White v. Best et al, No. 1:2016cv10462 - Document 86 (N.D. Ill. 2018)

Court Description: MEMORANDUM Opinion and Order Signed by the Honorable Rebecca R. Pallmeyer on 9/28/2018. Mailed notice. (etv, )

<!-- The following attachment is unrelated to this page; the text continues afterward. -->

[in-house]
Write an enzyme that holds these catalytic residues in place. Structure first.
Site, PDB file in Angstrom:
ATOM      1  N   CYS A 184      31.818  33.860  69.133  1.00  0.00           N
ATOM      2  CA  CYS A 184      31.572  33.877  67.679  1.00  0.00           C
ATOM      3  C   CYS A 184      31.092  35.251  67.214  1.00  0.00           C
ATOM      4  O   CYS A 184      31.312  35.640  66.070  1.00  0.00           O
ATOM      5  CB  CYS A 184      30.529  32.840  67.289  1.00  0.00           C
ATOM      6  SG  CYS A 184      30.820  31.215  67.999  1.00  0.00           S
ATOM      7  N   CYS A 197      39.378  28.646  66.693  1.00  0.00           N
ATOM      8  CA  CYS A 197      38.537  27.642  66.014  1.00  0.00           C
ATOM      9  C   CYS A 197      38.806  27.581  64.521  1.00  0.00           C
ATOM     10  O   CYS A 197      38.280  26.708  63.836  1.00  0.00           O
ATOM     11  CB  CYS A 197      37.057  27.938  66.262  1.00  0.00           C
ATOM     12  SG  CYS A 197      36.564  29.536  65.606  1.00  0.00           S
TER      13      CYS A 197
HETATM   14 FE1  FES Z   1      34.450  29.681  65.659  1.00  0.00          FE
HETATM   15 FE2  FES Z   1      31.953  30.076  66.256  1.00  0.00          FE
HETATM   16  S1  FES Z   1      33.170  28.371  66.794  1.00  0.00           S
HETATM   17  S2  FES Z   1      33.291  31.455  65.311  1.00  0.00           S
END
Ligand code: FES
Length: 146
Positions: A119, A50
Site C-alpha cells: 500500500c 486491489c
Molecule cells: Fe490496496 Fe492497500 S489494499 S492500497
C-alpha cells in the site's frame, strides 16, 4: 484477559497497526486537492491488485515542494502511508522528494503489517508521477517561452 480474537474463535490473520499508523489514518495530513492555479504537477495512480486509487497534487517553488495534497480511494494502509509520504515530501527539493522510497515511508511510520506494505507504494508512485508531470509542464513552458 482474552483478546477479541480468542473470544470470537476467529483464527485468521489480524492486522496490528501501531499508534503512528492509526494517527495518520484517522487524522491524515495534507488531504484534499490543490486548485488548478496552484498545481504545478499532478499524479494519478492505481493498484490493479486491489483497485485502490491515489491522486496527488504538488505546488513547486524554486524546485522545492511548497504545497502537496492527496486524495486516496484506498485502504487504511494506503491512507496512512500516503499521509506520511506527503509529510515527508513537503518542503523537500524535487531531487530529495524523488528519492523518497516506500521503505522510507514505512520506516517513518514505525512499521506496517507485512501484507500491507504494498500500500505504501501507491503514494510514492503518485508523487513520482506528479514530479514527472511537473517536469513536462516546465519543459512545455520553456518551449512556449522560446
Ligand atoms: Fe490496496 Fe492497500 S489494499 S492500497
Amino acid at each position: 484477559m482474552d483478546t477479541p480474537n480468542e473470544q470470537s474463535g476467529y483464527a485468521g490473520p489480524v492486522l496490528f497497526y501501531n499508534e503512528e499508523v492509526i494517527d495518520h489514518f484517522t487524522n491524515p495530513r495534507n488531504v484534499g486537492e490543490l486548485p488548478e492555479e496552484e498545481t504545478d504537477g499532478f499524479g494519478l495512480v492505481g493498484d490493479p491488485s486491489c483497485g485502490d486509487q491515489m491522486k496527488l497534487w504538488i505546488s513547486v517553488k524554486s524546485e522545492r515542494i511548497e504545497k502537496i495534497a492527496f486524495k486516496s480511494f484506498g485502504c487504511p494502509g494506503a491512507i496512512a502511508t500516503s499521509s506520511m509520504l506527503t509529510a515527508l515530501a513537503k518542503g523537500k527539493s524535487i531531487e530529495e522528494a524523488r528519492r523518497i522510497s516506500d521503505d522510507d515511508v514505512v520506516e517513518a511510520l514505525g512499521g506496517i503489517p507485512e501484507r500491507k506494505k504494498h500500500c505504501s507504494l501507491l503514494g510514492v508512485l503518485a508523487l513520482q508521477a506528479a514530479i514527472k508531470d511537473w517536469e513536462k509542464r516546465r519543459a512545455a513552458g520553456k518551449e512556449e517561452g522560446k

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White v. Best et al Doc. 86 UNITED STATES DISTRICT COURT NORTHERN DISTRICT OF ILLINOIS EASTERN DIVISION ALAN WHITE (K-55560), Plaintiff, v. LT. CHARLES BEST, TARRY WILLIAMS, COLLEEN FRANKLIN, TROY JOHNSON, and MICHAEL STUDER, Defendants. ) ) ) ) ) ) ) ) ) ) ) No. 16 C 10462 Judge Rebecca R. Pallmeyer MEMORANDUM OPINION AND ORDER Plaintiff Alan White, an Illinois prisoner, alleges that Defendants Charles Best and Colleen Franklin violated his due process rights in conducting an Adjustment Committee hearing on charges of misconduct. He alleges, further, that Defendants Tarry Williams, Michael Studer, and Troy Johnson acted with deliberate indifference to the unconstitutional conditions of his confinement while he was housed in segregation. Defendants have moved for summary judgment pursuant to Federal Rule of Civil Procedure 56. The motion is fully briefed, and for the reasons explained here, is granted in part and denied in part. FACTS Defendants have submitted a Statement of Uncontested Material Facts as required by the court’s Local Rules [58]. Because Plaintiff is proceeding pro se, Defendants provided him with the notice required by this court’s Local Rule 56.2 [59], which explains the significance of a summary judgment motion and provides instructions for responding to such a motion. Although Plaintiff’s response does not comply fully with those instructions or the court’s local rules, the court has reviewed his factual submissions as well as exhibits he submitted in opposition to the summary judgment generously and will construe them as favorably as the record and Local Rule 56.1 permit. The court draws inferences in his favor to the extent that he has pointed to admissible evidence in the record that corresponds to Defendants’ facts or could properly testify himself Dockets.Justia.com about the matters asserted. See Olson v. Morgan, 750 F.3d 708, 714 (7th Cir. 2014); Sistrunk v. Khan, 931 F. Supp. 2d 849, 854 (N.D. Ill. 2013); FED. R. EVID. 602. The facts, as set forth in those materials, are as follows. Plaintiff is currently incarcerated at Stateville Correctional Center (“Stateville”), where he has been housed for approximately ten (10) years. (Defendant’s Statement of Fact [58] at ¶ 1.) Defendant Charles Best is employed by the Illinois Department of Corrections, and served on Stateville’s Adjustment Committee (“AC”) in July 2014. (Id. at ¶ 2.) Defendant Colleen Franklin is employed by the Illinois Department of Corrections as a Correctional Counselor II. One of her job duties as a Correctional Counselor is to conduct hearings on charges of disciplinary violations (“tickets”). (Id. at ¶ 3.) Defendant Tarry Williams was previously employed by the Illinois Department of Corrections, and served as Stateville’s Warden from April 1, 2014 through July 12, 2015. (Id. at ¶ 4.) Defendant Troy Johnson (“Johnson”) is employed by the Illinois Department of Corrections and works at the Joliet Treatment Center in Joliet, Illinois. Johnson worked as Stateville’s Chief Engineer from August 6, 2013 through May 2, 2014. (Id. at ¶ 5.) Defendant Michael Studer was previously employed by the Illinois Department of Corrections; he worked as Stateville’s plumber from approximately 2002 through December 31, 2014 and also served as Stateville’s “water operator” during that period. (Id. at ¶ 6.) On July 9, 2014, Plaintiff was issued a disciplinary ticket for the use of electronic contraband—specifically, the ticket accused Plaintiff of using a cell phone that had been confiscated from another prisoner to contact his mother. (Id. at ¶ 15.) Plaintiff asserts that he did not have access to the cell phone at all, and that the phone number listed on the disciplinary ticket was that of Plaintiff’s brother, not his mother. (Id. at ¶ 16.) In anticipation of a disciplinary hearing before Stateville’s AC, Plaintiff obtained a printout from his brother’s cell phone provider, which showed all incoming and outgoing calls on the date in question. (Id. at ¶ 17.) At his deposition in this case, Plaintiff acknowledged that he had not “designate[d] any witnesses on the ticket that [he] wanted called at [his] hearing.” (Plaintiff’s Deposition, Exhibit A to Defendant’s Motion for 2 Summary Judgment [57-2] at 35:1-4.] The Adjustment Committee hearing took place on July 21, 2014, and was conducted by Defendants Best and Franklin. (Defendants’ Statement of Facts [58] at ¶ 19.) Plaintiff was given an opportunity to speak, and he told the officers that the records he had show that he did not use the phone to contact his mother. (Id. at ¶¶ 20, 21.) The AC subpoenaed the history of the confiscated cell phone, which it reviewed. From that review, the hearing officers determined that Plaintiff had in fact used the phone to contact his mother. (Id. at ¶ 22.) The AC also reviewed the phone’s log. (Id. at ¶ 23.) The AC further reviewed a letter intercepted by Internal Affairs (“IA”) showing that Plaintiff owed money to another inmate for the use of the phone. (Id. at ¶ 24.) On the basis of the cellular phone log and the intercepted letter, the AC found Plaintiff guilty of possessing electronic contraband. The AC findings were reduced to writing on July 21, 2014. (Id. at ¶ 25.) Plaintiff was punished with a year of reduction to C grade, one year in segregation, revocation of three months of good conduct credits, housing and assignment changes, a disciplinary transfer, and one year commissary restriction. (Id. at ¶ 26.) Plaintiff was subsequently taken to segregation. (Id. at ¶ 27.) Plaintiff asserts that the AC’s decision was wrong, and that they reached an incorrect decision because he was not permitted to present his evidence. (Id. at ¶ 28.) Plaintiff admitted that he did later receive a written summary of the AC’s decision, although he could not remember exactly when he received the document. (Id. at ¶ 29; 7-2 (Pl.’s Dep.) at 53:4-12.) Plaintiff was in segregation from July 31, 2014 through July 31, 2015. (Defendants’ Statement of Fact [58] at ¶ 30.) During that period, Plaintiff’s access to A/V entertainment was revoked; his visitation privileges were limited, and all visitation took place through glass; his telephone privileges were suspended; his movements were limited and he was moved with a lead chain attached to his handcuffs; he was denied access to religious programming (apart from programming available on television and visits to his cell from the prison chaplain); he was held in solitary confinement (though not alone, and not restricted to his cell at all times); and his 3 commissary privileges were restricted for one year. (Id. at ¶ 31.) According to Defendant Williams, inmates in segregation are provided with the same quality and quantity of food as inmates in general population. ([d. at ¶ 32.) Plaintiff testified, however, that he was served insufficient food portions while in segregation. (Plaintiff’s Dep. [572] at 60:1.) Plaintiff testified further that he could tell that the food portions in segregation were smaller from the size of the trays on which the food in segregation is served. (Id. at 60:12-20.) While in segregation, Plaintiff claims he was housed in cells infested with roaches, mice, and ants. (Defendants’ Statement of Facts [58] at ¶ 33.) When asked at his deposition whether he became sick as a result, Plaintiff testified, “I don’t–I mean, I have been sick, but I don’t know, really, you know. Sometimes you don’t know what you get sick from. Germs, I know they carry a lot of germs, so I’m not a doctor so I can’t really say.” (Plaintiff’s Dep. [57-2] at 66:18-24.) Plaintiff does not know whether the presence of ants caused him to become sick. (Defendants’ Statement of Facts [58] at ¶ 35.) Plaintiff does not know whether the presence of mice caused him to become sick. (Id. at ¶ 36.) Plaintiff claims that birds were present inside F-House while he was housed in segregation, as well, but he does not know whether the presence of birds in F-House caused him to become sick. (Id. at ¶¶ 37, 38.] Plaintiff claims that he was forced to bathe in a shower area with mold, rust, and soap scum. (Id. at ¶ 39.) Plaintiff testified that he was occasionally short of breath in the showers, but could not say that the presence of mold, rust, and soap scum in showers caused him to become sick. (Id. at ¶ 40.) Plaintiff claims that one of the toilets in one of his cells had black mold on it, and that rainwater ran into his cell. (Id. at ¶ 41.) Plaintiff does not know whether the black mold in his cell caused him to become sick, but does not believe he was made sick by rainwater. (Id. at ¶¶ 42, 43.) At his deposition, Plaintiff was asked to describe his communications with Defendant Williams about the conditions in F-house. (Plaintiff’s Dep. [57-2] at 77:6-8.) Plaintiff explained that “when [Williams] do his walk through, we complained about, you know the conditions.” (Id. at 77:9-11.]) He testified further that “[s]ometimes when [Williams] was walking, like was 4 everything okay, we tell him, and he would have somebody behind him like the major or lieutenant, and he jot down what complaints we have, I guess, basically, to either record it, or letting us know that they are going to fix it, or what have you.” (Id. at 77:12-20.) When asked to describe his complaints to Williams specifically, Plaintiff testified that on more than one occasion, “[w]e complained about the roaches, the mice. It depends on if it was summer or winter. We definitely complained about the ants or the windows not being able to shut so the cold air is getting in; them taking too long to put the heat on. Why are we being confined and boxed up like that for long periods of time when we move. All those types of issues and things like that.” (Id. at 77:22-24, 78:1-9, 12.) For his part, Defendant William has no memory of these communications. He attests in an affidavit that he is not personally familiar with Plaintiff, cannot recall ever meeting Plaintiff, and that he does not recall any conversations with Plaintiff regarding the conditions of his confinement. (Williams Affidavit, Exhibit I to Defendants’ Motion [57-10] at ¶¶ 6-10.) Defendant Williams also attests that he does not recall having reviewed any grievances from Plaintiff regarding the conditions of his confinement, and that he did not review the grievance Plaintiff attached to his complaint. (Id. at ¶¶ 12-13.) Finally, Defendant Williams explained that when inmates directed complaints to him about problems with the housing unit or their cell, he directed one of his Assistant Wardens to look into the matter and address the issue. (Id. at ¶ 15.) Plaintiff does not know Defendant Johnson and never spoke to him about the conditions of his confinement. (Defendants’ Statement of Facts ¶ 50.) At his deposition, Plaintiff was asked how Defendant Johnson knew that the water supply was allegedly contaminated. (Plaintiff’s Deposition [57-2] at 83:4-5.) In response, Plaintiff testified that Johnson was aware of the allegedly contaminated water in his cell because Plaintiff filed a grievance regarding the quality of the water and because other inmates have filed grievances about the quality of the water. (Id. at 83:6-17.) Defendant Johnson attests, however, that he did not review inmate complaints, they were not forwarded to him for review, and he only became aware of maintenance issues at 5 Stateville when he received a work order for maintenance. (Johnson Affidavit, Exhibit J to Defendant’s Motion [57-11] at ¶ 9.) Defendant Johnson is not familiar with Plaintiff, cannot recall speaking to him about the conditions of Plaintiff’s confinement (including the “safety” of the water at Stateville), and does not recall receiving any written correspondence from Plaintiff. (Id. at ¶¶ 11-15.) Plaintiff testified that he sued Michael Studer due to Stateville’s “dilapidated” condition and because F-house cells are known to be uninhabitable and unfit for human residency. (Plaintiff’s Deposition [57-2] at 84:3-8.) Plaintiff believes that Michael Studer was aware of the conditions in Stateville’s F-house because of complaints that he and other inmates filed (via grievance), and because of oral complaints made to other staff members. (Defendants’ Statement of Facts [58] at ¶ 56.) But Defendant Studer attests that he did not review inmate grievances, nor were they forwarded to him for review. (Studer Affidavit, Exhibit K to Defendants’ Motion [57-12] at ¶¶ 7-8.) Defendant Studer, too, claims that he is not familiar with Plaintiff, does not recall having ever spoken to Plaintiff, does not recall Plaintiff ever complaining to him about the conditions of his confinement or the F-house, and does not recall receiving any written correspondence from Plaintiff complaining of the conditions of Plaintiff’s confinement. (Id. at ¶¶ 9-14.) DISCUSSION Plaintiff White has presented two claims in this lawsuit: a challenge to the disciplinary proceedings relating to his alleged use of a cellphone and a challenge to the conditions of his confinement. Defendants argue that the due process claim is barred by the doctrine of Heck v. Humphrey, 512 U.S. 477 (1994), and, alternatively, fails on its merits because Best and Franklin provided Plaintiff with constitutionally adequate due process at his AC hearing. (Memorandum in Support of Defendants’ Motion [57-1] at 5.]. They argue, further, that the evidence does not support Plaintiff’s allegations about the conditions of his confinement at Stateville. The court addresses these arguments in turn. A. Plaintiff’s Due Process Claim against Defendants Best and Franklin 6 1. Due Process Claim is Barred by Heck v. Humphrey Defendants Best and Franklin argue that they are entitled to summary judgment as to Plaintiff’s due process claim because it is barred by Heck v. Humphrey, 512 U.S. 477 (1994). Defendants argue that Plaintiff was punished with the revocation of three months of good-conduct credit, which has not been restored. Thus, they argue that any judgment in Plaintiff’s favor that his disciplinary hearing violated his due process rights would imply the invalidity of his sentence. (Defendants’ Memorandum [57-1] at 2.) The court agrees. Under the Supreme Court’s decisions in Heck v. Humphrey, 512 U.S. 477 (1994), and later in Edwards v. Balisok, 520 U.S. 641 (1997), a prisoner may not bring a § 1983 suit that, if successful, would necessarily undermine a still-valid disciplinary conviction that affects the fact or duration of the prisoner’s sentence, such as the revocation of good time credits. Heck, 512 U.S. at 486–87; Edwards, 520 U.S. at 646; see DeWalt v. Carter, 224 F.3d 607, 617–18 (7th Cir. 2000). The prisoner’s § 1983 suit must wait until he has “achieve[d] favorable termination of his available state, or federal habeas, opportunities to challenge the underlying conviction or sentence.” Muhammad v. Close, 540 U.S. 749, 751 (2004); see also Edwards, 520 U.S. at 648. In determining whether a § 1983 suit is Heck barred, a court should focus in particular on how the plaintiff frames his complaint and the consequences that would flow from a favorable decision. Savory v. Lyons, 469 F.3d 667, 672 (7th Cir. 2006); see also Okoro v. Callaghan, 324 F.3d 488, 490 (7th Cir. 2003) (the question is not whether it would be theoretically possible to plead a claim without questioning the validity of the conviction, but rather whether the plaintiff has in fact made “allegations that were inconsistent with the conviction’s having been valid”). As to procedural due process claims like Plaintiff’s, the Seventh Circuit has explained that Heck bars a certain “category” of allegations, but not others. See Clayton-El v. Fisher, 96 F.3d 236, 242-43 (7th Cir. 1996); Dixon v. Chrans, 101 F.3d 1228, 1230-31 (7th Cir. 1996). Heck bars the “traditional due process” claims, which are claims where “to decide that [the prisoner] is 7 entitled to damages would be to determine that his due process rights were violated in the manner in which the disciplinary proceedings were conducted, and that determination, in turn, would call into question the results of the hearing.” Dixon, 101 F.3d at 1230-31; Clayton-El, 96 F.3d at 24244. The only claims that escape Heck’s bar are the narrow category that are “not dependent upon anything that happened at the disciplinary hearing” and do not require a federal court to “decide whether the disciplinary process against [the prisoner] reached the right result.” Clayton-El, 96 F.3d at 243 (explaining that a claim that a prisoner never received notice of a hearing is in the category of claims immediately cognizable under § 1983). Here, Plaintiff's claims are barred by Heck. A finding that the hearing denied Plaintiff procedural due process, would, if established, necessarily imply the invalidity of the hearing’s result. Plaintiff’s claims, generally speaking, challenge the allegedly unfair manner in which his disciplinary proceeding was conducted and, relatedly, the purported lack of evidence supporting the AC’s guilty finding. These claims fall into the category of due process claims articulated by the Seventh Circuit and the Supreme Court that are Heck-barred. Edwards, 520 U.S. at 645; Dixon, 101 F.3d at 1230-31; Clayton-El, 96 F.3d at 242-44; see also Lusz v. Scott, 126 F.3d 1018, 1022 (7th Cir.1997) (denial of opportunity to call witnesses and bias of hearing officer could result in a reinstatement of good time). Plaintiff challenges this conclusion on three grounds. First, he argues that he is not in fact seeking to overcome the ruling of the AC and is not challenging the finding of guilt. (Plaintiff’s Response [76] at 7.) But that argument is directly at odds with his own statements in other submissions. (See, e.g., id. at 6.) In his response to the motion for summary judgment, for example, Plaintiff asserts that Defendants Best and Franklin are not entitled to summary judgment because: “had the Plaintiff been afforded the opportunity to submit his evidence of actual innocence, he would never have been found guilty of any rule infractions thus abrogating the punishment Plaintiff received[.]” (Id. at 2.) The court concludes that Plaintiff is challenging not only the process he received at the hearing but also its final outcome. 8 As a second reason that the court should disregard Heck, Plaintiff assert that he has not “requested at any time throughout the grievance process or any other process to have his goodconduct credits restored because Plaintiff does not receive any good-conduct credits against his sentence as Plaintiff [is] under state statute [and] is required to serve 100% of his sentence in accordance with the ‘Truth in Sentencing’ statute.” (Id. at 7.) But that contention is at odds with his admissions elsewhere in his pleadings that the AC revoked three months of good-time credits. (Complaint [1] at 8 ¶17; Good Conduct Revocation Recommendation, Exhibit E to Defendants’ Statement of Fact [57-6].) In any event, the fact that Plaintiff is not seeking to have good-time credits restored does not defeat the rationale of Heck: “It is irrelevant [whether a prisoner plaintiff] disclaims any intention of challenging his conviction; if he makes allegations that are inconsistent with the conviction’s having been valid, Heck kicks in and bars his civil suit.” Okoro v. Callaghan, 324 F.3d 488, 490 (7th Cir. 2003). Third, Plaintiff maintains that the court should permit his due process claim to proceed even though the AC hearing did result in imposition of punishment that affected his sentence. (Plaintiff’s Response [76] at 7-8.) In support of this contention, Plaintiff cites to a Second Circuit case, Peralta v. Vazquez, 467 F.3d 98 (2nd Cir. 2006), for the proposition that, should he permanently abandon any challenge to the portion of his punishment which impacted his sentence, he should be permitted to proceed on the damages portion of his due process claim. (Plaintiff’s Response [76] at 7-8.) As Defendants point out in their reply (Defendants’ Reply [84] at 9-10), the Seventh Circuit has directly considered this issue, in the context of a section 1983 claim advanced by a state prisoner, and declined to adopt the Second Circuit’s position. In Haywood v. Hathaway, 842 F.3d 1026 (7th Cir. 2016), an offender challenged the process he received at an adjustment committee hearing, which resulted in the revocation of good-conduct credits. Id. at 1028. The plaintiff in that case asserted that he had waived any challenge to the duration of his sentence, and asserted that, under the Peralta standard, his damages claim was not Heck-barred. Id. The Seventh Circuit expressly rejected the Second Circuit’s holding in 9 Peralta, and affirmed that under Heck and its progeny, the existence of the sanction impacting the offender’s sentence is an absolute bar to an adverse section 1983 claim. Haywood, 842 F.3d at 1029 (“this is a version of issue preclusion (collateral estoppel), under which the outstanding criminal judgment or disciplinary sanction, as long as it stands, blocks any inconsistent civil judgment.”). Under the law of this Circuit, Plaintiff’s due process claim is barred even if he “waives” his challenge to the duration of his sentence. 2. Plaintiff’s Due Process Claim Fails on its Merits Plaintiff’s due process claim is Heck-barred, and Defendants Best and Franklin are entitled to summary judgment on this issue. The court notes, further, that the evidence may not support this claim. The loss of good time credits as a punishment for prison disciplinary offenses is a deprivation of liberty protected by the Fourteenth Amendment’s Due Process Clause. Wolff v. McDonnell, 418 U.S. 539, 557 (1974); Hamilton v. O’Leary, 976 F.2d 341, 344 (7th Cir. 1992). Before good time credits are revoked, due process requires that a prisoner be provided with certain procedural protections: (1) written notice of the claimed violation; (2) an opportunity to call witnesses and present documentary evidence; and (3) a written statement by the finder of fact of the evidence relied on and the reason for the action. Wolff, 418 U.S. at 563–67; Hamilton, 976 F.2d at 344. In addition, the findings of the prison disciplinary board must be supported by some evidence. Superintendent, Mass. Correctional Instit., Walpole v. Hill, 472 U.S. 445, 454 (1985); Hamilton, 976 F.2d at 344. Plaintiff challenges the second and third Wolff factors, and asserts that his finding of guilt was not supported by sufficient evidence. (Plaintiff’s Complaint [1], at 5-17; Plaintiff’s Deposition [57-2], at 35:8-37:12.) In arguing that he was denied due process at the hearing, Plaintiff contends that he was not permitted to present documentary evidence (in the form of a printout from Sprint) and was not afforded the ability to call witnesses. (Plaintiff’s Complaint [1] at 15; Plaintiff’s Deposition [57-2] at 35:1-7.) The evidence shows, however, that Plaintiff was permitted to testify at the AC hearing and that he orally relayed all of the evidence in his written records (including 10 the information contained in the Sprint printout that he claimed exonerated him). (Defendants’ Statement of Fact [58] at ¶¶ 19-21.) The AC reviewed Plaintiff’s testimony, the history of the confiscated cell phone, the phone’s log, and a letter intercepted by IA which showed that Plaintiff owed another inmate money for the use of the cell phone. (Id. at ¶¶ 20-24.) The AC ruled on the evidence before it and reduced its findings to writing. (Id. at ¶ 25.) Plaintiff now argues that he was not permitted to call witnesses, and he identifies two inmates (John Shores and Tyrese Crawford) as available to testify on his behalf. 1 (Plaintiff’s Response [76] at 5-7.) Plaintiff concedes, however, that he did not complete the portion of his disciplinary ticket that explicitly asked him to designate any witnesses that he intended to call at his hearing, (Plaintiff’s Deposition [57-2] at 35:1-4; see also Plaintiff’s July 9, 2014 Offender Disciplinary Report, Exhibit C to Defendants’ Statement of Fact [57-4], showing no designated witnesses) and he does not otherwise suggest that he was in some way denied the opportunity to present evidence. Second, Plaintiff challenges the adequacy of the AC’s final written report. (Plaintiff’s Complaint [1], at 16; Plaintiff’s Deposition [57-2] at 36:10-17.) He suggests that the report did not comport with due process because it did not specifically state that it considered his evidence before finding him guilty. (Plaintiff’s Response [76] at 6.) As outlined above, however, all that Wolff requires is that Plaintiff receive a written statement of the evidence relied upon by the committee and the reasons for the disciplinary action imposed. Wolff, 418 U.S. 539 at 563. The AC’s final summary report, which Plaintiff acknowledges receiving (Plaintiff’s Deposition [57-2 at 53:4-15), sets forth a record of the proceedings (including information that Plaintiff was present, his disciplinary report was read, and that he pleaded not guilty); the basis for the AC’s decision; and the “recommended” and “final” disciplinary action to be taken against Plaintiff based on the guilty finding. Plaintiff attaches the affidavits of these two individuals to his response as Exhibits A and B. (See Plaintiff’s Response [76] at 11-15.) 1 11 Plaintiff also challenges the sufficiency of the evidence underlying the AC’s decision, arguing that it was not supported by “some evidence” and that the AC relied on the allegations of the disciplinary report. (Plaintiff’s Complaint [1] at 16, Plaintiff’s Deposition [57-3] at 35:14-36:17.) In fact, as noted, the AC reviewed Plaintiff’s evidence, the history records of the confiscated cell phone, the phone’s logs, and the intercepted letter. (Defendants’ Statement of Fact [58] at ¶¶ 2024.) After doing so, the AC determined that Plaintiff had contacted his mother on that phone. (Id. at ¶ 25.) Thus, “some evidence” supported the AC’s findings. To the extent Plaintiff believes the AC should have required some higher standard of proof, or that it was required to rule out other logical possibilities, this is not the law. All that the AC must have is “some” or “any” evidence that points to Plaintiff’s guilt. Hill, 472 U.S. at 457 (explaining that “meager” evidence is still “some evidence.”); see also Viens v. Daniels, 871 F.2d 1328, 1335 (7th Cir. 1989) (“Although the exculpatory evidence would presumably have allowed the disciplinary board to reach a contrary conclusion, it did not nullify or directly negate the evidence of guilt on which the board relied. Under Hill, the courts are barred from assessing the relative weight of the evidence. It is therefore in general immaterial that an accused prisoner presented exculpatory evidence unless that evidence directly undercuts the reliability of the evidence on which the disciplinary authority relied or there are other extr-ordinary circumstances.”). Accordingly, there is no genuine issue of material fact as to whether the AC’s finding was supported by “some evidence.” Finally, Plaintiff suggests that Best and Franklin acted with bias against him and/or that they were not impartial with respect to their decision-making. (Plaintiff’s Response [76] at 2, stating that “Defendants demonstrated profound partiality towards their fellow staff members, such that their legal duty as fact finders were vitiated.”) Plaintiff’s suspicions, which appear to be based on little more that dissatisfaction with the outcome of the disciplinary proceeding, are insufficient to establish that Defendants violated his constitutional rights B. Plaintiff’s Conditions of Confinement Claim (against Williams, Studer, and Johnson) 12 Defendant Williams, Johnson, and Studer argue that they are entitled to summary judgment as to Plaintiff’s deliberate indifference claim against them. More specifically, Defendant Williams argues that he “may have been subjectively aware of Plaintiff’s complaints, but acted on them and did not ignore them.” (Memorandum in Support of Defendants’ Motion [57-1] at 2.) Defendants Johnson and Studer argue they lacked any personal knowledge that Plaintiff was exposed to the allegedly unconstitutional conditions of confinement while he was housed in Fhouse. (Id.) The court notes, first, that Plaintiff has acknowledged that he “has never had direct communication with either defendant [Johnson or Studer] nor has he written either defendant complaining of his conditions of confinement and at this juncture choose to drop Johnson and Studer as Defendants.” (Plaintiff’s Response [76] at 10.) The court construes this as a request to voluntarily dismiss these individuals as Defendants in this action. That leaves the claim as against Williams. With respect to that claim, the court concludes that genuine issues of material fact preclude summary judgment. The Eighth Amendment imposes a duty to “provide humane conditions of confinement” and “prison officials must ensure that inmates receive adequate food, clothing, shelter, and medical care.” Farmer v. Brennan, 511 U.S. 825, 832 (1994); see also Rice ex rel. Rice v. Correctional Medical Services, 675 F.3d 650, 664 (7th Cir. 2012). Determining whether an inmate’s rights have been violated involves a twofold analysis: (1) “whether the conditions at issue were sufficiently serious so that a prison official’s act or omission result[ed] in the denial of the minimal civilized measure of life’s necessities”; and (2) “whether prison officials acted with deliberate indifference to the conditions in question.” Townsend v. Fuchs, 522 F.3d 765, 773 (7th Cir. 2008) (internal quotation marks and citation omitted). “Deliberate indifference . . . means that the official knew that the inmate faced a substantial risk of serious harm, and yet disregarded that risk by failing to take reasonable measures to address it.” Id. In the record before the court, there is conflicting evidence as to the nature and extent of 13 the communications between Plaintiff and Defendant Williams. Plaintiff testified at his deposition that he had direct personal conversations with Defendant Williams about the conditions in the Fhouse and that he (and other inmates) submitted grievances complaining about the conditions. (Plaintiff’s Deposition [57-3] at 77:6-8, 9-11, 12-20, 22-24; 78:1-9. Defendant Williams, on the other hand, has produced an affidavit stating that he is not personally familiar with Plaintiff, cannot recall ever meeting Plaintiff, and does not recall any conversations with Plaintiff regarding the conditions of his confinement. (Williams Affidavit [57-10] at ¶¶ 6-10.) Defendant Williams also does not recall having reviewed any grievances from Plaintiff regarding the conditions of his confinement and asserts that the particular grievance Plaintiff attached to his complaint was not reviewed by him. (Id. at ¶¶ 12-13.) Construing this evidence in the light most favorable to the non-moving party, the court assumes that Plaintiff notified Williams of his concerns. Second, there is little evidence in the record as to what steps--if any--were actually taken to remedy the complained-of conditions. Plaintiff testified that: “[s]ometimes when [Williams] was walking, like was everything okay, we tell him, and he would have somebody behind him like the major or lieutenant, and he jot down what complaints we have, I guess, basically, to either record it, or letting us know that they are going to fix it, or what have you.” (Plaintiff’s Deposition [57-2] at 77:12-20.) Construing this testimony in the light most favorable to Plaintiff, it suggests that Defendant Williams may have recorded Plaintiff’s concerns and may have taken some action thereafter with respect thereto, but sheds little light on the question of what steps, if any, were taken. Defendant Williams’ affidavit is similarly unhelpful; it states, generally, that when inmates directed complaints to Williams about problems with the housing unit or their cells, he directed one of his Assistant Wardens to look into the matter and address the issue. (Williams Affidavit [57-10] at ¶ 15.) There is nothing in this affidavit, or elsewhere in the record, that shows that this process was followed in this case, or that Williams directed any Assistant Warden to look into and address the complained-of conditions. Defendants’ argument also overlooks the fact that the complained-of conditions in this 14 case (those Plaintiff allegedly endured while in segregation in the F-house) are more systemic than localized. There is, thus, a basis for the reasonable inference that Defendant (as the warden) knew about those systemic conditions. See Antonelli v. Sheahan, 81 F.3d 1422, 1431 (7th Cir. 1996) (holding that senior correctional officials could be expected to know of, or participate in creating, systemic conditions at the facility); Gray v. Hardy, 826 F.3d 1000, 1008-09 (7th Cir. 2016) (finding summary judgment was improper because jury could infer that warden, based on his supervisory role, was aware of systemic pest infestation). Defendant Williams’ motion as to Plaintiff’s conditions of confinement claim is therefore denied. CONCLUSION For the reasons stated, Defendants’ motion for summary judgment [57] is granted in part and denied in part. Based on Plaintiff’s representations in his response, Defendants Studer and Johnson are dismissed as Defendants in this action. Plaintiff may proceed against Defendant Williams with a conditions-of-confinement claim. This case is set for a telephone status on Tuesday, October 16, 2018 at 8:30 a.m., the call to be initiated by defense counsel from his office. ENTER: Date: September 28, 2018 _____________________________________ REBECCA R. PALLMEYER United States District Judge 15